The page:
A Little Orchard Ridge History
Long before the golf course, the pool and the school, the Orchard Ridge neighborhood was home to different Indian tribes. Various artifacts discovered here such as food storage pits are estimated at date back to 1250AD. The Sioux Indians lived in the area around the 1700s. They were followed by the Chippewa, then the Iroquois. When the Europeans began to settle here most of the inhabitants were Winnebago Indians.
The early white settlers described the Orchard Ridge area as prairie land, and a large marsh covered the land approximately where Odana Pond is now. The Beltline East of Whitney Way bridges the pond today.
From the mid 1800s until 1950, these 500 plus acres were considered rural Madison and were primarily the home of dairy farms. When Ted Hammersley came here in the 1870s his family established a large dairy farm and apple orchard. His family sold the farm to Orchard Ridge's first developer, John McKenna, in the mid 1940s.
The first lots for development measured 100 by 150 feet and sold for $1250. By 1958 the Orchard Ridge neighborhood was almost completely developed.
Orchard Ridge school (now Orchard Ridge Elementary and Toki Middle) was built in 1958. The established woods near the structure became part of the school grounds. In 1962 the Orchard Ridge Garden Club helped restore 3 acres of the woods "to provide a Natural Laboratory where children especially may have the opportunity to study the native flowers, trees and shrubs of Wisconsin."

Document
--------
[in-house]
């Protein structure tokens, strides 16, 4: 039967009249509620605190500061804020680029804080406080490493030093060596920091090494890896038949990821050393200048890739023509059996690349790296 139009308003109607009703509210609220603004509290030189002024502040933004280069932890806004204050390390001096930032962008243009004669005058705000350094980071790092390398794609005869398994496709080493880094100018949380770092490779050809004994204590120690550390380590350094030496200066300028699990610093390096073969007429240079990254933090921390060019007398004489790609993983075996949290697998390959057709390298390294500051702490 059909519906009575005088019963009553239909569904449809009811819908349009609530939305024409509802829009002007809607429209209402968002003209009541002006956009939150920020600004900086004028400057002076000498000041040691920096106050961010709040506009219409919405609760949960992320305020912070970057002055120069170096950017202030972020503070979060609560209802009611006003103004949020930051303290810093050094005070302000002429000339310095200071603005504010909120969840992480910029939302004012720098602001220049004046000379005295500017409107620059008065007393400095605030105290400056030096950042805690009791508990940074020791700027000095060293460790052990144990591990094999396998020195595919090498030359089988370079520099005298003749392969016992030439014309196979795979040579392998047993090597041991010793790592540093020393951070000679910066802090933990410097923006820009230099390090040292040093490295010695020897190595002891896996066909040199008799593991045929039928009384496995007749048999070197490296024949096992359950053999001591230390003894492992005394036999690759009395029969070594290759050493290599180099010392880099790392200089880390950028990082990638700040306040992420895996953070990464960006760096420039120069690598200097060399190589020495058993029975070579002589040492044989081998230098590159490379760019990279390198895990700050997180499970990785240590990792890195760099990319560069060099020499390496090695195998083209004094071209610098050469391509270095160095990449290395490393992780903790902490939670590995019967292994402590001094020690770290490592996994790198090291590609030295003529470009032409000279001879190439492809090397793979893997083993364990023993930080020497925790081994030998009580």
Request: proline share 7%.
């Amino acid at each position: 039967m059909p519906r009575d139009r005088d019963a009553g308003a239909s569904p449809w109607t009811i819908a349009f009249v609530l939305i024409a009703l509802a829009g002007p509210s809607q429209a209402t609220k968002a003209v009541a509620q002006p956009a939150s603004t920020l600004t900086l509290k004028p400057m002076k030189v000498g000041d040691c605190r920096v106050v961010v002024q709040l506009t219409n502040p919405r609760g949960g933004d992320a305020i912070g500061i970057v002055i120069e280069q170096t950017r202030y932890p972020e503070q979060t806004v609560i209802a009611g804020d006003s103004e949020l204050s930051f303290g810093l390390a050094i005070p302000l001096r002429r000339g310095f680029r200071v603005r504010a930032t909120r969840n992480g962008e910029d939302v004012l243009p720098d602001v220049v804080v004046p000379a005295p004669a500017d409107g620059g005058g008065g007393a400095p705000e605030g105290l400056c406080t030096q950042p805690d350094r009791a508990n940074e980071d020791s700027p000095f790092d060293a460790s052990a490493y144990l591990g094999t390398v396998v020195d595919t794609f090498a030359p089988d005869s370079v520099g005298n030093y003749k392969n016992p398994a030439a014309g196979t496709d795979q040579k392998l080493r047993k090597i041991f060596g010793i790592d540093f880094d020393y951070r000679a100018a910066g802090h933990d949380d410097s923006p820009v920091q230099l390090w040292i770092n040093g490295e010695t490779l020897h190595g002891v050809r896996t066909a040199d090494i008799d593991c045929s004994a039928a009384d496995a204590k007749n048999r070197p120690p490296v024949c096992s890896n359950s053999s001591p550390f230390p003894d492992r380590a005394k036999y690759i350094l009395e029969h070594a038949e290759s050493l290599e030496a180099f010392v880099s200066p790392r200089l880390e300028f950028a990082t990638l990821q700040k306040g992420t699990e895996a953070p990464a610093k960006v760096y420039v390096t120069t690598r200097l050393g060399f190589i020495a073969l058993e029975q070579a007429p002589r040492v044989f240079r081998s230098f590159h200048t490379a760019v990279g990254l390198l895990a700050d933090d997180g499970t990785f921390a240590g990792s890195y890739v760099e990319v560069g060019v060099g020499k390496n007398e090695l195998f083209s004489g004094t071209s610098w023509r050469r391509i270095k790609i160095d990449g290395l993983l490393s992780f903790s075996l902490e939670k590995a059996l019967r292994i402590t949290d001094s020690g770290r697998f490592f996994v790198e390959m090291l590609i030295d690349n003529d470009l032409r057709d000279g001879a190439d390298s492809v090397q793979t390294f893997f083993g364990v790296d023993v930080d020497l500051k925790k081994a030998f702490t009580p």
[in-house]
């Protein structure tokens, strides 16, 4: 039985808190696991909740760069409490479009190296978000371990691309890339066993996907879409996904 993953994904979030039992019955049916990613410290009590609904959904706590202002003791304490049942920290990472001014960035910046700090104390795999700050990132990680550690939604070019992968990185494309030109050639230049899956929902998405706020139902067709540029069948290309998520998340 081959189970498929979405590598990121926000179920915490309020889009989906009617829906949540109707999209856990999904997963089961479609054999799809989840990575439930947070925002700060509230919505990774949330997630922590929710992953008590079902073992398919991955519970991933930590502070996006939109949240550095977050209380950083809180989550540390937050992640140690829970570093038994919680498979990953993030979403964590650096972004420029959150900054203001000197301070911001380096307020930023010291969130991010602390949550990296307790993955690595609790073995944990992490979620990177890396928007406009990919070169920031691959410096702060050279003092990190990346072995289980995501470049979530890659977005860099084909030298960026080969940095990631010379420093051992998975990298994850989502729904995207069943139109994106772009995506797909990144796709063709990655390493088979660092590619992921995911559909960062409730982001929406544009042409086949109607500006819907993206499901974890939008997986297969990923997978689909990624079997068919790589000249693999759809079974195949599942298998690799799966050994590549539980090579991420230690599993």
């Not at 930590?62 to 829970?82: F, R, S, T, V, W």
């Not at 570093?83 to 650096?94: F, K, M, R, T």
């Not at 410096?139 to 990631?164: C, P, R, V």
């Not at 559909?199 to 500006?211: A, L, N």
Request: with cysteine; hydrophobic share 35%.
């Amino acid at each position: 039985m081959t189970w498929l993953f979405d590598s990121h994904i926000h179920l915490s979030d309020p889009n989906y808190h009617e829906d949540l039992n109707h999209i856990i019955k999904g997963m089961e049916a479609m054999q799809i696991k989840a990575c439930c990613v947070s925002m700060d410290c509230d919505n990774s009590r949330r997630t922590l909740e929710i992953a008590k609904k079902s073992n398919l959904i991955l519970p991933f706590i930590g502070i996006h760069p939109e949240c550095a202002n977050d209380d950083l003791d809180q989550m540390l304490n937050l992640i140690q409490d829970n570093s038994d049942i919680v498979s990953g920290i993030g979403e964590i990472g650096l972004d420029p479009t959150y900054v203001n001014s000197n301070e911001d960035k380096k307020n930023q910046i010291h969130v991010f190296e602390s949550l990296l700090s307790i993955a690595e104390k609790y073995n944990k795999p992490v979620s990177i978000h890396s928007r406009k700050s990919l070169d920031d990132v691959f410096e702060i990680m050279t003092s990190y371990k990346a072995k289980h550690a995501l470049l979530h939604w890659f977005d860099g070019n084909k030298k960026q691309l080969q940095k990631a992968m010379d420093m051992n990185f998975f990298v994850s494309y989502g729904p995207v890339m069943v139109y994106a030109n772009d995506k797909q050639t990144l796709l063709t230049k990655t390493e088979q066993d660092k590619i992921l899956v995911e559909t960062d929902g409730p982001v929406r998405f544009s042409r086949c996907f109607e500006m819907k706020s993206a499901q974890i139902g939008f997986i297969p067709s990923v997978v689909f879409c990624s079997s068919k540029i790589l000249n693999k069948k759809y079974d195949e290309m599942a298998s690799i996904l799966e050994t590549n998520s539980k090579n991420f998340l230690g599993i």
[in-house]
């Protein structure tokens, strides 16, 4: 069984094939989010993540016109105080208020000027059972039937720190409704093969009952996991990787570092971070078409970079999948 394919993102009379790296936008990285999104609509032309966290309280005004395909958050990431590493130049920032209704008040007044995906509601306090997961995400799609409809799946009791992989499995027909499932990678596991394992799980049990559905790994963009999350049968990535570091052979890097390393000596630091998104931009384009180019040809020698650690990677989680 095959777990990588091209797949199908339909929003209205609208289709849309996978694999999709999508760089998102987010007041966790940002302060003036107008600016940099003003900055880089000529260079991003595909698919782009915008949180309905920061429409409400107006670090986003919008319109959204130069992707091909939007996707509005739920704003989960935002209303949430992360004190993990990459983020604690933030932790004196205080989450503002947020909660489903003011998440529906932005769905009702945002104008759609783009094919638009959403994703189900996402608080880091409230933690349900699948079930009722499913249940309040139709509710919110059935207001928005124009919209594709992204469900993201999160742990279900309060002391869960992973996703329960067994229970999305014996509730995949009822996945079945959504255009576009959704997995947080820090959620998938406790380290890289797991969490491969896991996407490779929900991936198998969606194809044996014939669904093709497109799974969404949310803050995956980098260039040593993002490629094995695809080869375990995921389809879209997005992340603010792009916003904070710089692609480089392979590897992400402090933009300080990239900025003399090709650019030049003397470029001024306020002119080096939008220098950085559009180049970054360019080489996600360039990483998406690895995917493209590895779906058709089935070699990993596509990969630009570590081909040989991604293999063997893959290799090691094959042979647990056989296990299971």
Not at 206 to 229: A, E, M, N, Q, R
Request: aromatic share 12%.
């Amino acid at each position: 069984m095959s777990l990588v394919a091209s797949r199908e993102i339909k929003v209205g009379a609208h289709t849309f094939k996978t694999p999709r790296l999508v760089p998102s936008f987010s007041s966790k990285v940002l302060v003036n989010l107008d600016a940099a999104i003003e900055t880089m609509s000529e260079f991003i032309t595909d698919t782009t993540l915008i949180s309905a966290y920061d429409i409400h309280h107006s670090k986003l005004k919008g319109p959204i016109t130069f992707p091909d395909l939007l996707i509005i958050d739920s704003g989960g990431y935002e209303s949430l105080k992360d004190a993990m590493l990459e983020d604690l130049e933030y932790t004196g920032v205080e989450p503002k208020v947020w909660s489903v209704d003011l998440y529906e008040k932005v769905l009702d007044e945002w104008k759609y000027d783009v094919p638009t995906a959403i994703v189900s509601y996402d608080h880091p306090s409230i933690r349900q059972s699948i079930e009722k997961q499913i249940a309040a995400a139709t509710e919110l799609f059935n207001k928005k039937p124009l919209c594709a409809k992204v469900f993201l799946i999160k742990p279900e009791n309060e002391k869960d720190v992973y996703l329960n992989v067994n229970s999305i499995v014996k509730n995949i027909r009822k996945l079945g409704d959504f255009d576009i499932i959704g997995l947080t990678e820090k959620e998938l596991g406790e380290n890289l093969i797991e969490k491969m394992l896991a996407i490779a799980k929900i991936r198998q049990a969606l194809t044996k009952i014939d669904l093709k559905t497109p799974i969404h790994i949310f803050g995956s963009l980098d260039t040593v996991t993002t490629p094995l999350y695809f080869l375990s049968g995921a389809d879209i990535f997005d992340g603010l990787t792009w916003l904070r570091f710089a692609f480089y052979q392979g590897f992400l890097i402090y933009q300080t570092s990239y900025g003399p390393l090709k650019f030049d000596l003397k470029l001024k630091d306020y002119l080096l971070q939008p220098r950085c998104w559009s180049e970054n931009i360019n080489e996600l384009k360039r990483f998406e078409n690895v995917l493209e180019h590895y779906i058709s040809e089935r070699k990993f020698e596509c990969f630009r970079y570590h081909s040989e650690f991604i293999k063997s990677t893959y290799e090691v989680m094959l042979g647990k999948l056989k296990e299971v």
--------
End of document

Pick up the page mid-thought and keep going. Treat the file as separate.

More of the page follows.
Many of the current Orchard Ridge residents are original neighborhood homeowners. Several children have grown up and purchased their own homes in the neighborhood nearby their parents - or have returned to Madison and resettled in the neighborhood they once grew up in.
Research by Lisa Stec. Primary source: "Study of a Community The Orchard Ridge School Area," by Richard W Magnuson and Thomas W Klausmeier, a project funded by a grant from the Wisconsin Environmental Education Council (David Walker Executive Secetary)